“Honestly, the way I hear notes, the main reason I was able to practice and have it lead to a music career? That gift is not of my own making. Because my parents’ DNA, and some higher power, I got a gift that I didn’t ask for, and I’m just trying to make the most of it. But I have worked at it ever since I was five and playing the accordion, which was part of learning and integrating music into my DNA.”
Lofgren’s longstanding relationship with Springsteen goes back even further than when he started actually playing with the Boss onstage in 1984. “I bought a ticket to see (Springsteen) play in the early 70’s, and in the early 80’s I was at the River show in LA. So I was at the Sunset Marquis and I happen to bump into Bruce one morning, he was off to the final mix of the (River) album, and he invited me along. I got to sit and hear it all working out. I still remember being impressed that past his songwriting and playing, that they got the sizzle and electricity of a live show into the grooves more, I thought, than any record had done previously. And to be playing it now, and have all these shows in front of us, I mean, come on—amazing.”
A huge part of the magic of his E Street Band experience was standing onstage right next to beloved saxophonist Clarence Clemons for so many years. He and the Big Man developed a camaraderie as tight as anyone in the band ever has, and Clemons’ death five years ago this month still deeply affects Lofgren to his core, even prompting him to write a beautiful ode to Clemons, “I Miss You C,” a few years back.
“We were very dear friends, stood next to him for 27 years,” Lofgren reminisced. “He was the one who liked to talk the most. I love all the guys, but C and I, we’d chat all the time, off the road, and just really liked to, ya know, gab with each other. Very dear friends. On my 60th birthday, we buried him. I can still feel him and hear him, and used to sit in the dark while Bruce would do something alone on stage for countless hours, and just have so many thousands of memories that are still very vivid. I still feel like he’s with us as a band and certainly as an individual, and I am grateful for the time I had. Although of course being greedy and selfish, I would have liked another thirty years with him, but that wasn’t to be. So I’m grateful with what I had. And keepin‘ it alive through that song.”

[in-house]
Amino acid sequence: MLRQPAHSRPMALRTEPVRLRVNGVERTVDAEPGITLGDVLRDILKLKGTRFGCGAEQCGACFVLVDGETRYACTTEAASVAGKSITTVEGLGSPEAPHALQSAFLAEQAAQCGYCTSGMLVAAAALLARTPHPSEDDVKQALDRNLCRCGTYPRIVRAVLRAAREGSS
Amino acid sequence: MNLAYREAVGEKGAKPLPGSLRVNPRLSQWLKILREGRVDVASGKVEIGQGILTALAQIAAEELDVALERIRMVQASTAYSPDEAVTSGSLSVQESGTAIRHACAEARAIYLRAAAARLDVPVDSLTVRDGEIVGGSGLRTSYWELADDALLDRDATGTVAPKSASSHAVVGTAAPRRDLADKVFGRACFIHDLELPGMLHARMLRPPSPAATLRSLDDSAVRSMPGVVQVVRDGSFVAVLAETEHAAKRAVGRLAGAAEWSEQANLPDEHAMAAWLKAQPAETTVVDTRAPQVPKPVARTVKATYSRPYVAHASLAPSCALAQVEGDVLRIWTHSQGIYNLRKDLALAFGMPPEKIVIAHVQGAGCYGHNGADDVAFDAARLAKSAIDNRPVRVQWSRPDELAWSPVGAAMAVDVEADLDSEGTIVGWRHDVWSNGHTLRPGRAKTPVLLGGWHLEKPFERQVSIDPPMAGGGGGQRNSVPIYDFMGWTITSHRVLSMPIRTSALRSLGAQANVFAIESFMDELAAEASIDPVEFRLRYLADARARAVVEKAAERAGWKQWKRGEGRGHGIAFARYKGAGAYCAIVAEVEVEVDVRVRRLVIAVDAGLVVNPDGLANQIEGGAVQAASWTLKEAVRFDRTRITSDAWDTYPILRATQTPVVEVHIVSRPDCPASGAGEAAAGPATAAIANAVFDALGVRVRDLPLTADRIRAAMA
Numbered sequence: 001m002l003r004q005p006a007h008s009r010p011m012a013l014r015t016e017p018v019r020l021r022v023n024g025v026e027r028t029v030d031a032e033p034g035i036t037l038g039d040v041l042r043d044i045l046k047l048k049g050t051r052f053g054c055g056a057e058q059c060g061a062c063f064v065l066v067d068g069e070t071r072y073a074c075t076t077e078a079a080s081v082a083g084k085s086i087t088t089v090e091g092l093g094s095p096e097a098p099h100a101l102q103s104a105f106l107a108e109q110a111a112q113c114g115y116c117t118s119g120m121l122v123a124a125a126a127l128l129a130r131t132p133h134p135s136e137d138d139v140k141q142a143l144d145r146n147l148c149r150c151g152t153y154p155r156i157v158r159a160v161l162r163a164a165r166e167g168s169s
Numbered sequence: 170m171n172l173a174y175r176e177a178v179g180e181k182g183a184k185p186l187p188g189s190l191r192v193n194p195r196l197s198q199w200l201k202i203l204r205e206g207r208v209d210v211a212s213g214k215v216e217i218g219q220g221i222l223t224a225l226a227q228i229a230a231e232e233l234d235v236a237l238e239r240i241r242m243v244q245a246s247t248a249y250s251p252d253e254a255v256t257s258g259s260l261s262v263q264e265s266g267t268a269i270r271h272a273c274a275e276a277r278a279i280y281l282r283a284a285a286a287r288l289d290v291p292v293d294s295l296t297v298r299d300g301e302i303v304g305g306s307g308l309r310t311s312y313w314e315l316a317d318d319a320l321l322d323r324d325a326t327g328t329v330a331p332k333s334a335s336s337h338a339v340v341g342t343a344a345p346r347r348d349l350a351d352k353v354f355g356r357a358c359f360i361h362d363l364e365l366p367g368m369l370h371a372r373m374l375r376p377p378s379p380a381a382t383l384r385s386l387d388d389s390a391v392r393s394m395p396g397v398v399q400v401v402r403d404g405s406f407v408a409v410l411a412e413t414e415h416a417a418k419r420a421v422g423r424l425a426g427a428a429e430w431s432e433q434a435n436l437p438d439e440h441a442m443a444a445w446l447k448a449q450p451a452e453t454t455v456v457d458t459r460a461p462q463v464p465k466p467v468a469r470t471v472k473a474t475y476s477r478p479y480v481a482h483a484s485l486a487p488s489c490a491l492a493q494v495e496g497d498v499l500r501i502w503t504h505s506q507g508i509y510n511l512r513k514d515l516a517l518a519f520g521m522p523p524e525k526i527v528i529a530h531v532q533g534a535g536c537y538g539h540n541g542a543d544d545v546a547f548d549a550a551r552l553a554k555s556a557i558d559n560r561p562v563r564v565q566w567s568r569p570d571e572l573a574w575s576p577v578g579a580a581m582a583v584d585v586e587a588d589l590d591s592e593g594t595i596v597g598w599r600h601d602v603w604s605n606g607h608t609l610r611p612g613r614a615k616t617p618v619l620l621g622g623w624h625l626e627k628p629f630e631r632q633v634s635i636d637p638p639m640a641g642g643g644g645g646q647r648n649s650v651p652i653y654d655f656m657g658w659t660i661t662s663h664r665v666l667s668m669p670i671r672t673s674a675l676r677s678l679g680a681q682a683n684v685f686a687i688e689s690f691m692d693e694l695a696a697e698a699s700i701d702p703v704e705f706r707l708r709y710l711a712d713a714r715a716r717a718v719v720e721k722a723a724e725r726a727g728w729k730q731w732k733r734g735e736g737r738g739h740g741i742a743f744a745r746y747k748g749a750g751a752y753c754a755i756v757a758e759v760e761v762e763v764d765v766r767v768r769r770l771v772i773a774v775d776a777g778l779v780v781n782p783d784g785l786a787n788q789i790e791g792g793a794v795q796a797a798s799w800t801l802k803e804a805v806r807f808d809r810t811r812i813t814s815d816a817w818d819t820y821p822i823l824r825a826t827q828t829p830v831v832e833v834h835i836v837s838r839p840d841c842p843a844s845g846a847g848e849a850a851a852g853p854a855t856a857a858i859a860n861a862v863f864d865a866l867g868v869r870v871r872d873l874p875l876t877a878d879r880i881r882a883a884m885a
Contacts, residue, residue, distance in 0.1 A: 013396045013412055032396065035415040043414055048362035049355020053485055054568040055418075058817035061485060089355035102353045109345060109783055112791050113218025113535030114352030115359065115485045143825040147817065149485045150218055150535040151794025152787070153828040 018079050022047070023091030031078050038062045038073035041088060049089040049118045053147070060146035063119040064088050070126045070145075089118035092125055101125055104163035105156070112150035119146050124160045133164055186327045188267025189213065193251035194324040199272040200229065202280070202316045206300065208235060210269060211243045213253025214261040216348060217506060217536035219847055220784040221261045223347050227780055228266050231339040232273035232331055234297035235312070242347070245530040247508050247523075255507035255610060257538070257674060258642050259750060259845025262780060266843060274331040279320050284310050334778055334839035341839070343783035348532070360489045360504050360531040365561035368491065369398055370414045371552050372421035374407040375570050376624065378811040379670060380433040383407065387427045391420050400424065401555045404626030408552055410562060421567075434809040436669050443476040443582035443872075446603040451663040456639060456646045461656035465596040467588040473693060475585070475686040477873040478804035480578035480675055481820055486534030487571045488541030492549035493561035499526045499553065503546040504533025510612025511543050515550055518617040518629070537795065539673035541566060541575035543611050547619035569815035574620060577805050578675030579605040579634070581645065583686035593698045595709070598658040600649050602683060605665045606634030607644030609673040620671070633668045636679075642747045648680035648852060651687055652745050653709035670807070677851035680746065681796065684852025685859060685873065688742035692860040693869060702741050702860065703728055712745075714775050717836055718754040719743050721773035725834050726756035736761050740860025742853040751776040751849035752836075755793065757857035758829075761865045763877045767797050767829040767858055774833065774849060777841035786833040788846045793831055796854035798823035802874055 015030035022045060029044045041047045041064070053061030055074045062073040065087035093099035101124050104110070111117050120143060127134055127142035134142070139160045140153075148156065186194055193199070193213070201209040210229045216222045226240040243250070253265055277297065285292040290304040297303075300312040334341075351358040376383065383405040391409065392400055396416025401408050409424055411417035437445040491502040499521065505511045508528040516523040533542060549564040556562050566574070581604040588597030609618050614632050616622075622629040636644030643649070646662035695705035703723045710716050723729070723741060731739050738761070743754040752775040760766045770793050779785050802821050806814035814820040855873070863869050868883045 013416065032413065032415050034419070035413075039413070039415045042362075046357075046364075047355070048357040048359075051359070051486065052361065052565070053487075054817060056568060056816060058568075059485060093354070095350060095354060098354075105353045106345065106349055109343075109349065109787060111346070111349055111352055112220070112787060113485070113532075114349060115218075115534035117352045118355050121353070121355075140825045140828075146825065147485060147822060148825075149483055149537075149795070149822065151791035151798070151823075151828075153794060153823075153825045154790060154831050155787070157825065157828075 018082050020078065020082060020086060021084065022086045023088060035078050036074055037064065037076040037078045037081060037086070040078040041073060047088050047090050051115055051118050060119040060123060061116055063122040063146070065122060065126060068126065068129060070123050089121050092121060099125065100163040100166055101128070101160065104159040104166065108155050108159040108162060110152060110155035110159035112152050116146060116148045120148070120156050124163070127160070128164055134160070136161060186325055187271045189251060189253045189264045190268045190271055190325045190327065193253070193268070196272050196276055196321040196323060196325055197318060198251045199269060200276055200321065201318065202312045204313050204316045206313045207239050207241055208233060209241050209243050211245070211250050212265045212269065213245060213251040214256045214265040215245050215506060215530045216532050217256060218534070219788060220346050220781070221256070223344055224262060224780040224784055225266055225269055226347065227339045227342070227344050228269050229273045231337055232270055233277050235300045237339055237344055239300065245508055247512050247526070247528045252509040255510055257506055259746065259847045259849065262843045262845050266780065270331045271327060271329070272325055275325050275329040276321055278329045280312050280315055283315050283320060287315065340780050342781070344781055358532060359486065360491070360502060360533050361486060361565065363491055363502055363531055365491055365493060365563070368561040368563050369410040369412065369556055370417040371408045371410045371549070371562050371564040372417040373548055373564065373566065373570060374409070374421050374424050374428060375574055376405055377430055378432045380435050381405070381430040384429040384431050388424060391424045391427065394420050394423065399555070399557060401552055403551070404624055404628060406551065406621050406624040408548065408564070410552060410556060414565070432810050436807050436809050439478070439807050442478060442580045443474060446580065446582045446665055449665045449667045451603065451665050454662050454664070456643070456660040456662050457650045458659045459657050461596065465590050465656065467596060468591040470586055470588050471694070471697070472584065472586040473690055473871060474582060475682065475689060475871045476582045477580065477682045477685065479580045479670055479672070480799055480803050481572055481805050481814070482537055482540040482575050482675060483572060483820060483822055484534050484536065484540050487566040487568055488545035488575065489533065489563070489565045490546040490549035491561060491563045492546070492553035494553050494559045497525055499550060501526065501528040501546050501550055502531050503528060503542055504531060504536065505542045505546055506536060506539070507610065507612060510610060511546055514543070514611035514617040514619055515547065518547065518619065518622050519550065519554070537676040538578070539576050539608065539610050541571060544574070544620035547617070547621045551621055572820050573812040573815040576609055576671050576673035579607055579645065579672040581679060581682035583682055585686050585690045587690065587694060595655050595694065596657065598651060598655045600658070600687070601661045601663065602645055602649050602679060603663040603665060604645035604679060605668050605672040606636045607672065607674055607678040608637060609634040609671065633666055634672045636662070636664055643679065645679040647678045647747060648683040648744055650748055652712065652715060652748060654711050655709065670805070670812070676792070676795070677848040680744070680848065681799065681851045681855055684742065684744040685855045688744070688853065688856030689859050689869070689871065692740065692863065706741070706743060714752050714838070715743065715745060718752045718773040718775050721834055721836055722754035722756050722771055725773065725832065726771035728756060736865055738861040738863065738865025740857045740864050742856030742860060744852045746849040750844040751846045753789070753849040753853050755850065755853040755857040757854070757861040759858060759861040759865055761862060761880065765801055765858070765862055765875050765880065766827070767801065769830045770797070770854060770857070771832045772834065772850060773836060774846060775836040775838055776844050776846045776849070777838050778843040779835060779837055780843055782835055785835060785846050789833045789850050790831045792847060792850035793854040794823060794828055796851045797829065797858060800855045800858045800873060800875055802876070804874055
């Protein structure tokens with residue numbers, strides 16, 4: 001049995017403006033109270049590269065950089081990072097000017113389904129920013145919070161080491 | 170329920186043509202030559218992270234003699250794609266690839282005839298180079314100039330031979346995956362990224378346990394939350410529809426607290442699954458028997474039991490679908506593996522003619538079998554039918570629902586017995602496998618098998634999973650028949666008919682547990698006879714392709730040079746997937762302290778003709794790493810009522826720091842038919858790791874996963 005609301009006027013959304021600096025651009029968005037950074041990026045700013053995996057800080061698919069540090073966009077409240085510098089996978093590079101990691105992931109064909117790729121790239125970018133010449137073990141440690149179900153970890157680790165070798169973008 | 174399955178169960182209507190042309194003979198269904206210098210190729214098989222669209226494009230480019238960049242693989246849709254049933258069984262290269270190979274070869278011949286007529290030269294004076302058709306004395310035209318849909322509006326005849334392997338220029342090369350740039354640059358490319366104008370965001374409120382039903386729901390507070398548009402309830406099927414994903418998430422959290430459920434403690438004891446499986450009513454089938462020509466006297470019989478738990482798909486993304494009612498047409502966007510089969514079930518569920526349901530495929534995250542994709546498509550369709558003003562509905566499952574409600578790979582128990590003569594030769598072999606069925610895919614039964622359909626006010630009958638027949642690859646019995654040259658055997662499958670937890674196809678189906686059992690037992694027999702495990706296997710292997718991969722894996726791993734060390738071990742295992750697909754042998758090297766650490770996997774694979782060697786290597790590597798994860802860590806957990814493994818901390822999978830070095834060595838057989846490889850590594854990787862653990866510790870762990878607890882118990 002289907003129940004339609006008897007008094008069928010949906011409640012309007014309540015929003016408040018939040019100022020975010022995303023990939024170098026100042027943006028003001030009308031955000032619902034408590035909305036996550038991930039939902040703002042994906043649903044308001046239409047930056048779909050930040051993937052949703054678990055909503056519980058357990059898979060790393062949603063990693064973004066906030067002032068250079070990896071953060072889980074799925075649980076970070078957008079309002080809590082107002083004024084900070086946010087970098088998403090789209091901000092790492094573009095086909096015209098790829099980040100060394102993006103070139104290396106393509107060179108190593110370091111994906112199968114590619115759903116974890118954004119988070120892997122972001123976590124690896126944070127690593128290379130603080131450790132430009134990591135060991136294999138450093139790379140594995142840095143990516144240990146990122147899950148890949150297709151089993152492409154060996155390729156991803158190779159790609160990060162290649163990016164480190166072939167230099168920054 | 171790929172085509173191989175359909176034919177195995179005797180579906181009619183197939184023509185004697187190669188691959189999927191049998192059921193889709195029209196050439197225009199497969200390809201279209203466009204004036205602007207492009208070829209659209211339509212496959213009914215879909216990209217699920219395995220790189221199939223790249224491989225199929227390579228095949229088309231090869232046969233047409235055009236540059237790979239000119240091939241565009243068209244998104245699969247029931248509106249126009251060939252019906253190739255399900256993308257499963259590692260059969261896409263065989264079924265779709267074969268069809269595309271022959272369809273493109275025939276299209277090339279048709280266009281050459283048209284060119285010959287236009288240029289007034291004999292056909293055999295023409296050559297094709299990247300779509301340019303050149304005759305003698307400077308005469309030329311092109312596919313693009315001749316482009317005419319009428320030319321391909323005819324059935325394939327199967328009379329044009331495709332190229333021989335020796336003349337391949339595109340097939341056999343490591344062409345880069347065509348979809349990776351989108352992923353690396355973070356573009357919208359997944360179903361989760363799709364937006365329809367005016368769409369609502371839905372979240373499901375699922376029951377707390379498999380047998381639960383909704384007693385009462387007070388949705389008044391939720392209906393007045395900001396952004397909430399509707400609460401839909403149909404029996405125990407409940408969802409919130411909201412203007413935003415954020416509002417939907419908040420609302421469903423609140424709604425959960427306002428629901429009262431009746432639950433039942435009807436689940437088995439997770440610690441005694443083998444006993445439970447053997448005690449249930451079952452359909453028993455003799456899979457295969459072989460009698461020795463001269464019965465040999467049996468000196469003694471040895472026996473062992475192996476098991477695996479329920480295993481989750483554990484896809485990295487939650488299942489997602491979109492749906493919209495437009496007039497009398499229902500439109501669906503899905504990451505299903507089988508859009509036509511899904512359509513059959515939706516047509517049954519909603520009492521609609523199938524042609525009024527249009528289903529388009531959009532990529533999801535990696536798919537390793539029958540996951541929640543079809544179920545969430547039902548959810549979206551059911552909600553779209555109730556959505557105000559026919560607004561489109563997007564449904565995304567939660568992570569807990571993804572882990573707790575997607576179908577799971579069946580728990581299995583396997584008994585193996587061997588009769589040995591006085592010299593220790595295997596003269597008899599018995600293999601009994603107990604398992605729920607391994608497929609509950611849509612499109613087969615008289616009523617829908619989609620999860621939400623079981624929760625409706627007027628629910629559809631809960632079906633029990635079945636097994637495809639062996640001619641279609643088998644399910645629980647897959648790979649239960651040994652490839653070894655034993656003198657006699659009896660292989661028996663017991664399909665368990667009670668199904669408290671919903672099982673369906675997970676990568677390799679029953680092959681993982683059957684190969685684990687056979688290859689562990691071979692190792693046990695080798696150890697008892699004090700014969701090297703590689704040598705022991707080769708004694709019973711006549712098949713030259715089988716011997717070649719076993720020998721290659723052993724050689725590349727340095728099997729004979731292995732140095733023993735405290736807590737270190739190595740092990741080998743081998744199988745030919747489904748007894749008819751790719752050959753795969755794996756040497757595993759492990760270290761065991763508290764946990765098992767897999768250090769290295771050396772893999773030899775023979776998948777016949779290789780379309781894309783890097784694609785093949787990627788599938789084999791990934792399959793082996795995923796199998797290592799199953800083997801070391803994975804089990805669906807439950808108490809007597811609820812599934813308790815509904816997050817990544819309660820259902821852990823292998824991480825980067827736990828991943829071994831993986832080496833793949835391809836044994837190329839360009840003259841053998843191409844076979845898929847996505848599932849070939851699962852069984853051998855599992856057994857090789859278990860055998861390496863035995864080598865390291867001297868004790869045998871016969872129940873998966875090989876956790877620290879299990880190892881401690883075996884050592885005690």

When Clemons passed, the future of the E Street Band was up in the air. Could Springsteen really take the stage without his foil, his pal, his sidekick at his side? Lofgren says not only was Springsteen able to carry on without Clemons, but he remains very impressed at how Bruce and his band have even thrived, all with an amazingly serendipitous replacement.
“I will say hats off to Bruce, because, you know, I mean, it was so traumatic, he had a much longer deeper history with Clarence than me. And if he had said, look guys, my heart is not in playing without Clarence, I would have respected that. The fact that he took a long time to decide, and decided let’s try to recreate the band to honor him. There’s no Clarence II, Jake his nephew is doing a fabulous job. And he’s playing Clarence’s instruments, which only Clarence would let Jake do, no one else. There’s a respect and homage there that could probably only happen with someone in the family. It’s just beautiful that it worked out.”
And what about the seeing a new player (albeit still a Clemons) playing that incomparable sax solo in “Jungleland” and on other songs that were the domain of the Big Man?
“As traumatic as it is, the best way to heal is to play those songs and honor those parts [Clarence] wrote with Bruce, and share them with people night after night. I mean that song, so many times I would just sit there in the dark watching Clarence play this brilliant piece, and then step up and do my part. Still just a great honor to play all those pieces, but that was certainly one of Clarence’s signatures.”
For Nils Lofgren, music is clearly sacred. It’s what he lives for. Whether it’s with Springsteen in front of 90,000 in a stadium, or 500 in an intimate club, Lofgren knows the magic of music is really inside each and every one of us.
“I wrote an album a few records ago called Sacred Weapon, and certainly music is just that, for billions. And the beauty is, you don’t need to play, you don’t have to have musical talent. You can bang on the drum or you can just listen, but it soothes the soul. It’s the universal language. Like I said, music’s a sacred weapon, man. It’s a magical thing.”